China’s BYD is the largest EV maker, but it won’t be coming to the US anytime soon

The BYD Atto3.
Richard Bord/Getty Images

  • China’s BYD overtook Tesla last year as the world’s largest EV seller.
  • Just don’t count on the automaker entering the U.S. market anytime soon.
  • Geopolitical challenges and weak demand will make it difficult for BYD to “make a Toyota,” analysts say.

Japanese and Korean automakers conquered the U.S. market long ago, but don’t expect Chinese EV seller BYD to repeat the feat.

There is no chance the company, which surpassed Tesla last year to become the world’s top EV seller, will “do a Toyota” by expanding in the United States, a top executive said last month.

“We have no plans to come to the US,” Stella Li, CEO of BYD Americas, told Yahoo Finance. “It’s an interesting market, but it’s very complicated when you talk about electric cars.”

Analysts say even if BYD were to start selling its cars in the US, a combination of geopolitical challenges and weak demand would face an uphill battle.

“It would be very difficult for a Chinese EV maker to enter the US market,” Seth Goldstein, equity strategist at Morningstar, told Business Insider. “Even if BYD tried, I’m not sure how much consumer demand there would be – it would take some time for them to prove themselves.”

Make a Toyota

In the past, Asian car manufacturers have managed to capture a large share of the US market.

Toyota established its first office in North America in 1957, just twelve years after the end of World War II. It has since scaled up its US operations and in 2021 passed General Motors as the best-selling automaker.

Japanese rivals Nissan, Mazda, Lexus, Honda, Suzuki and Mitsubishi became extremely popular in the US in the second half of the 20th century. South Korea’s Hyundai and Kia also made great progress.

It’s easy to imagine BYD and other China-based EV brands similarly laying claim to the North American market. Just as more efficient production processes allowed Toyota and its peers to outperform their American rivals, BYD offers something different from its competitors.

Ford CEO Jim Farley said last month that smaller, cheaper electric vehicles would be key to boosting sales growth. Still, neither Ford nor Tesla seem close to launching a vehicle that could compete price-wise with BYD hatchbacks like the $11,000 Seagull.

The BYD seagull.
VCG via Getty Images

“Japanese and Korean manufacturers became successful in the US because they introduced a product that consumers were clamoring for,” Will Roberts, head of automotive research at EV intelligence firm Rho Motion, told BI. “Their cars were more reliable, more fuel efficient and more affordable… there’s certainly a comparison to be made here.”

However, things have now changed, he added: “Given the current tensions between the US and China, Chinese EV manufacturers are likely to find it a lot more difficult to enter the US market.”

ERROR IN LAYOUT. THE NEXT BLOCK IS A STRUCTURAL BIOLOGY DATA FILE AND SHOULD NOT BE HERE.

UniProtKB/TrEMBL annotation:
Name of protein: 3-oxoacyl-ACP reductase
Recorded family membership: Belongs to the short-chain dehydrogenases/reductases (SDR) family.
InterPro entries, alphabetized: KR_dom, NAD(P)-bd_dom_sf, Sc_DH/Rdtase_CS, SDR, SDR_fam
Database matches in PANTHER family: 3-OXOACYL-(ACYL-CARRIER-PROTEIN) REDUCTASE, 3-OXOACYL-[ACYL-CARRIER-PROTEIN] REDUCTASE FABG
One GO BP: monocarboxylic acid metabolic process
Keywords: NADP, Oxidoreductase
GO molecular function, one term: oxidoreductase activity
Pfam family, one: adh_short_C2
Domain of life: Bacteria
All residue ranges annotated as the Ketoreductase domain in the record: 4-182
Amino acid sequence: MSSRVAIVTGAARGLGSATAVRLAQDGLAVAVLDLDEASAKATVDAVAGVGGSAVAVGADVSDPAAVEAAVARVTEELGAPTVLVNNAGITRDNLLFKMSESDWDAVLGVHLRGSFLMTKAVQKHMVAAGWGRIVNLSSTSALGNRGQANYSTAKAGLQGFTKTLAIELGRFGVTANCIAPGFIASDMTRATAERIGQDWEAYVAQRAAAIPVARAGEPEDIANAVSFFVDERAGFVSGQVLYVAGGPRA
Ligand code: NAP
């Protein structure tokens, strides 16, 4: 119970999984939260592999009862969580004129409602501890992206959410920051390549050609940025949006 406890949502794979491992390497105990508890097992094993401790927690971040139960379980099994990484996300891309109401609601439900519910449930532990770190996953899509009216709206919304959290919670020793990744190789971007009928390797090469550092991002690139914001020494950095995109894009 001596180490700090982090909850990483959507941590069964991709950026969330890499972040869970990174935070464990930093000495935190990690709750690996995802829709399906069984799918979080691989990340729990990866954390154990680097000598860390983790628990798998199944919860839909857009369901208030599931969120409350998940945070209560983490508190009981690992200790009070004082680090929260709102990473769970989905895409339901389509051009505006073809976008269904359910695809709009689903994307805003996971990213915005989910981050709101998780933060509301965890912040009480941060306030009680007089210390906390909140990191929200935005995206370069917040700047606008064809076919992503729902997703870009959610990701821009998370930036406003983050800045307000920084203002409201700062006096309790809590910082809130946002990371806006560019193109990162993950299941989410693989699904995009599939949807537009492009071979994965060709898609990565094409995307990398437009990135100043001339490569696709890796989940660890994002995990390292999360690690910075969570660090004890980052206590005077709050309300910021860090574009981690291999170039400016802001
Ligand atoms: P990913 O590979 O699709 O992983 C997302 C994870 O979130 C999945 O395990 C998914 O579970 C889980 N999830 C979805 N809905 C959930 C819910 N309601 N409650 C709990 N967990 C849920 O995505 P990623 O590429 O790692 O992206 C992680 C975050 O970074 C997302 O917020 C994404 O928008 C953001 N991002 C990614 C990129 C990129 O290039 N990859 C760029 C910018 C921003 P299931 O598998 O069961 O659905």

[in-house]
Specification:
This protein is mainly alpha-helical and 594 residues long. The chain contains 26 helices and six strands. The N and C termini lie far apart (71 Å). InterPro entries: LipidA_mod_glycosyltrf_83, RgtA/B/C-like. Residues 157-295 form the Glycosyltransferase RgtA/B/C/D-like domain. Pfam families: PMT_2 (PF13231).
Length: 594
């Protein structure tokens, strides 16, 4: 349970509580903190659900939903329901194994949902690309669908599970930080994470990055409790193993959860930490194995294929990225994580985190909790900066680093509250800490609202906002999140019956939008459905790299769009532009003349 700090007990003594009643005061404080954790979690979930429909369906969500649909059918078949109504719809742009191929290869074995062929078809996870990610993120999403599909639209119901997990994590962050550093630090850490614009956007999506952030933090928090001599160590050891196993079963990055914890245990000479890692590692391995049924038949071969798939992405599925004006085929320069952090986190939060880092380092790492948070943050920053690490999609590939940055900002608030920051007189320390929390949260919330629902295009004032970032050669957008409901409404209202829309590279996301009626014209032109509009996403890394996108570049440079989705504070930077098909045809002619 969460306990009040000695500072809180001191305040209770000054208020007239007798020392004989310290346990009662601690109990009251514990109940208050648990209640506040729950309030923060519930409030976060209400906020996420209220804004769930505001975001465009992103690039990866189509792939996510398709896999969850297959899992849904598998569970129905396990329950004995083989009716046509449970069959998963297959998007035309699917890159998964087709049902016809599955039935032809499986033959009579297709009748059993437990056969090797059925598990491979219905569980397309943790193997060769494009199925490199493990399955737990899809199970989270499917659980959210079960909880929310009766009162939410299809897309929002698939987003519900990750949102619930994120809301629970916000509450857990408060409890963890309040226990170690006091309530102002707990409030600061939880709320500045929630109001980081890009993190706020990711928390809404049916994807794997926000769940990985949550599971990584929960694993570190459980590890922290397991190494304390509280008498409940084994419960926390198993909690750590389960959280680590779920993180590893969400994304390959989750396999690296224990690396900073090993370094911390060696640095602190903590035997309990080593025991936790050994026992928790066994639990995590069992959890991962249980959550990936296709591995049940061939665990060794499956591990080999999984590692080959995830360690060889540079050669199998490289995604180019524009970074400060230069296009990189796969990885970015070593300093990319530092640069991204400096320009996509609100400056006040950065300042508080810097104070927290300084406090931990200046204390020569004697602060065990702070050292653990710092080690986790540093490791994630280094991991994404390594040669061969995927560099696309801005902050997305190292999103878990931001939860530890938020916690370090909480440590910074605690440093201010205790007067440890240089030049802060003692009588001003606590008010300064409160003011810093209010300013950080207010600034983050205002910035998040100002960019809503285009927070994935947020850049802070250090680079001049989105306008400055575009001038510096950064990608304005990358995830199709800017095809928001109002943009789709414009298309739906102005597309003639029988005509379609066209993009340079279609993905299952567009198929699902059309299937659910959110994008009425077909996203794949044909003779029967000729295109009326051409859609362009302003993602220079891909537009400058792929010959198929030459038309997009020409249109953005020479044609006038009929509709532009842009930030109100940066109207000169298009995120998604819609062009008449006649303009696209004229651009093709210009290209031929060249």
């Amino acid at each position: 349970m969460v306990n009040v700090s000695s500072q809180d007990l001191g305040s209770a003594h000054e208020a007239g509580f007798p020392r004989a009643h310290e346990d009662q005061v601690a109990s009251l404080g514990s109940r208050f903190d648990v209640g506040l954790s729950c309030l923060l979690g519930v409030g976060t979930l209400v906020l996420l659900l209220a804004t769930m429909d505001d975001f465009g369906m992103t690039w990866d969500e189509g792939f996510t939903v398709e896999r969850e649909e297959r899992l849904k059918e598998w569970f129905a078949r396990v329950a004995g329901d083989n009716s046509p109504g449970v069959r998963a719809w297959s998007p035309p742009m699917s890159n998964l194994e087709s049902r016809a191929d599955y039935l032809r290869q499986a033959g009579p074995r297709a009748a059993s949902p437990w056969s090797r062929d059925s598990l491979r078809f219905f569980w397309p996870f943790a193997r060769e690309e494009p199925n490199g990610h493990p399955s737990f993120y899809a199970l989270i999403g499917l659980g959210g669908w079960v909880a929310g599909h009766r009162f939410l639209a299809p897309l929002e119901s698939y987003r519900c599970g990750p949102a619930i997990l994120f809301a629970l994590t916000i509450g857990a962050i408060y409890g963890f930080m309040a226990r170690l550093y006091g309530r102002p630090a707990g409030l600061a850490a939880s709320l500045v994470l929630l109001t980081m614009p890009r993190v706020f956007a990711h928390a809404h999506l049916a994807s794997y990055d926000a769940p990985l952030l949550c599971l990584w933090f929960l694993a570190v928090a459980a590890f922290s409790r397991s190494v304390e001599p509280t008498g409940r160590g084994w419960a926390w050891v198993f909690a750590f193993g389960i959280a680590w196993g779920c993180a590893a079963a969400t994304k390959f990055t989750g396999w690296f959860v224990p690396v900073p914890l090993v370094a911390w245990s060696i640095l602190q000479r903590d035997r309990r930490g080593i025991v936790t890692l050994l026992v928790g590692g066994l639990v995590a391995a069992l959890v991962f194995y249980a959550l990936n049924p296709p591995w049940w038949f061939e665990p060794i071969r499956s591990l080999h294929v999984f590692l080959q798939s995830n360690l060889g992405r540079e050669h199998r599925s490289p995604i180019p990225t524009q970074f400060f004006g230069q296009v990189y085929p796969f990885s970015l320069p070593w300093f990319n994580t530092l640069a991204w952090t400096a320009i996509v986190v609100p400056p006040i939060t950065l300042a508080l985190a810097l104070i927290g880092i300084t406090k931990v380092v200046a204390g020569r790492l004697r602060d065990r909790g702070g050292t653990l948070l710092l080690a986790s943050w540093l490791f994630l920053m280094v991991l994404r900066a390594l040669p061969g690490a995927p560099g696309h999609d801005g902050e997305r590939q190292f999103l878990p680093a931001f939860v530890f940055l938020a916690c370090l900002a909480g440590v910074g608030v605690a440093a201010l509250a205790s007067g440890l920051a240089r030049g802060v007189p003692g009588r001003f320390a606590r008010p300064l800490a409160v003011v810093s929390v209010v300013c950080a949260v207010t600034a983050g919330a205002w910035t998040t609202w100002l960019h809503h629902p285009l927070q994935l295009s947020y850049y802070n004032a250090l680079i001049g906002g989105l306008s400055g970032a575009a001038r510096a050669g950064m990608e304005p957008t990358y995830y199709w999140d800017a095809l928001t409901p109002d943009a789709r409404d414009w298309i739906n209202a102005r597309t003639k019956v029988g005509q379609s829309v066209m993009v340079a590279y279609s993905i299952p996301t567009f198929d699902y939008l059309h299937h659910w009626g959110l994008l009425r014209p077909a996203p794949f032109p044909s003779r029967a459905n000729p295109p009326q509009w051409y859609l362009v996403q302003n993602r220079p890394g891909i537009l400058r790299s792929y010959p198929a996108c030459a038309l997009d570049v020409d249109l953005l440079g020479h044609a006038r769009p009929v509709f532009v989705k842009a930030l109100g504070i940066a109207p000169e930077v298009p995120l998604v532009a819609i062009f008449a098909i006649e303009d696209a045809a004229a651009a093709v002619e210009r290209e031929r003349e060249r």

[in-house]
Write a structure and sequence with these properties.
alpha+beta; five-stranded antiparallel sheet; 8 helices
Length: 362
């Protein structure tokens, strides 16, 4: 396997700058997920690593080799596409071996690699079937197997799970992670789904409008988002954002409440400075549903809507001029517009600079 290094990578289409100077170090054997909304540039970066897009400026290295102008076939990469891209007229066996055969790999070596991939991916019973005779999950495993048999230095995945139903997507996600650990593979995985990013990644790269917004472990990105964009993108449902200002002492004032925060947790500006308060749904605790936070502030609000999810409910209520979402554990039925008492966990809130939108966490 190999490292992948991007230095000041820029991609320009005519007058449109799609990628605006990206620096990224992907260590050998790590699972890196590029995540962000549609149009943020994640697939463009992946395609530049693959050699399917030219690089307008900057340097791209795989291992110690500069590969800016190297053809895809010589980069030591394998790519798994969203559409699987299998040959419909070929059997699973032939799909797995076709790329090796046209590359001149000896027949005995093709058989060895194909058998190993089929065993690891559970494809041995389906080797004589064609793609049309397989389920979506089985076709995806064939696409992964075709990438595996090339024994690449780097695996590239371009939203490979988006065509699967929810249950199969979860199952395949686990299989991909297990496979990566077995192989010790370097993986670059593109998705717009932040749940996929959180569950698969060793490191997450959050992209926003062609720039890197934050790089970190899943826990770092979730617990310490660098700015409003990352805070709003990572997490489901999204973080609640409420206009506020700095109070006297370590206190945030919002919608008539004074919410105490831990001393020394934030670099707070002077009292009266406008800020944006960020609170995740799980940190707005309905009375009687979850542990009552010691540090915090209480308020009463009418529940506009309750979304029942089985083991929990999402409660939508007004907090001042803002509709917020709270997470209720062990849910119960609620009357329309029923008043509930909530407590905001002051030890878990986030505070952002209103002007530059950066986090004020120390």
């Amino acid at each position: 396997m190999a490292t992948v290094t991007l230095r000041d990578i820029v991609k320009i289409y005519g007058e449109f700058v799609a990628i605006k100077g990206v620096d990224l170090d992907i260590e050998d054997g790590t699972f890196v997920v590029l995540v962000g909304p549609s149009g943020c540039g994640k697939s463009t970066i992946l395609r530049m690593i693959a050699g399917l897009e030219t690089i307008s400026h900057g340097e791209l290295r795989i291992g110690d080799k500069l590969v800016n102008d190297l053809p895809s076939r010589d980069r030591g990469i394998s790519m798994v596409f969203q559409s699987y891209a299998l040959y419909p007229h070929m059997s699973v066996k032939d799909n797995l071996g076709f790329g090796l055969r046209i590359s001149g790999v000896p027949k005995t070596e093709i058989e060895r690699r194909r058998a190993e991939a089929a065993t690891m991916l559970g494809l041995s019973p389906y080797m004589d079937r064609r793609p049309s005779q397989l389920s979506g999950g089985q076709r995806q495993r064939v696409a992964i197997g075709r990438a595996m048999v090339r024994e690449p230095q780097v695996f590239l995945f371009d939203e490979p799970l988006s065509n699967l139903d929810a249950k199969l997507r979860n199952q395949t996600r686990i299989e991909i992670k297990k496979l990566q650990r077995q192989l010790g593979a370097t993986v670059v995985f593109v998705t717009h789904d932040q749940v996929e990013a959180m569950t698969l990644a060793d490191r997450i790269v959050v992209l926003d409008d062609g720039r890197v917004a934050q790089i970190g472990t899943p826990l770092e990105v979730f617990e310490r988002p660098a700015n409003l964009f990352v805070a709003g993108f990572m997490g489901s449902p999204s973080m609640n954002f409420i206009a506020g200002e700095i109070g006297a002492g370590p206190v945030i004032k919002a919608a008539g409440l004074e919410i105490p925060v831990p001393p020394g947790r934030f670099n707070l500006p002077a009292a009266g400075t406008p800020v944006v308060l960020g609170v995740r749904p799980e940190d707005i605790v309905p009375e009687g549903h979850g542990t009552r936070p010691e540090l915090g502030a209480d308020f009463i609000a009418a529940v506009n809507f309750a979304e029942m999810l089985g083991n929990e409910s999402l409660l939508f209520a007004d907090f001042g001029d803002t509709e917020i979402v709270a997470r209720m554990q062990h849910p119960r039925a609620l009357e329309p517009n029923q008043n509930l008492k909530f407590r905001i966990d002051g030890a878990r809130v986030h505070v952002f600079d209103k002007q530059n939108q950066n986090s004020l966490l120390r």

Geopolitical challenges

Both Goldstein and Roberts cited the Inflation Reduction Act of 2022 as a factor that could make it much more difficult for BYD and other Chinese EV makers to expand in the US.

The bill, a key part of US President Joe Biden’s economic agenda, provides tax credits worth up to $7,500 for EV manufacturers, excluding any “foreign entity of concern.”

In November, the Ministries of Energy and Finance confirmed that companies from China, Russia, Iran and North Korea would all be classified as foreign entities – meaning Chinese EV makers such as BYD would not be eligible for the subsidies.

Joe Biden signs the Inflation Reduction Act in August 2022.
Demetrius Freeman/The Washington Post

The White House would likely implement more restrictions if BYD or another Chinese company tried to crack the U.S. market, Rho Motion’s Roberts said.

“If the US government were really concerned about this, you would quickly see legislation come into play that would either make it unaffordable to buy a Chinese-made electric car or contribute to consumers’ negative perception of these types of vehicles,” he said. BI. Biden’s decision to order an investigation into smart cars last month is a sign that lawmakers are determined to discourage the American public from buying Chinese cars, Roberts added.

Weak question

As if these restrictions weren’t daunting enough, Chinese EV makers may also conclude that there isn’t much life left in the US market, where EV sales are up just 1.3% in the last three months of 2023, according to data from Cox Automobiel.

BYD, for example, has pledged to scale up everywhere from Brazil to Thailand, but appears to have little appetite for growing its business in the US, where top Republican politicians – and some voters – have become aggressively anti-EV. The world’s largest economy also lags behind China when it comes to charging infrastructure.

Conservative politicians condemning EVs “may cause a lot of confusion among consumers and also among car manufacturers. They are not eager to invest,” BYD Americas CEO Li warned last month.

“In China, the message is strong. If you don’t invest in an electric car, you’re out. You die. You have no future,” she added.

BYD is not the only company turning its back on the American EV market. Apple has reportedly abandoned its longstanding efforts to build an electric car, while Toyota continued to focus on hybrids to drive down prices.

If BYD were to fail to crack the US, it wouldn’t be a death blow to the company; there is still potential to grow by ramping up its operations in Asia and South America, Roberts said.

But it won’t be able to repeat the success that Japanese automakers had at the end of the 20th century. Given that EV sales growth in the US has been stagnant, it’s perhaps no wonder that companies like BYD aren’t too concerned about it.

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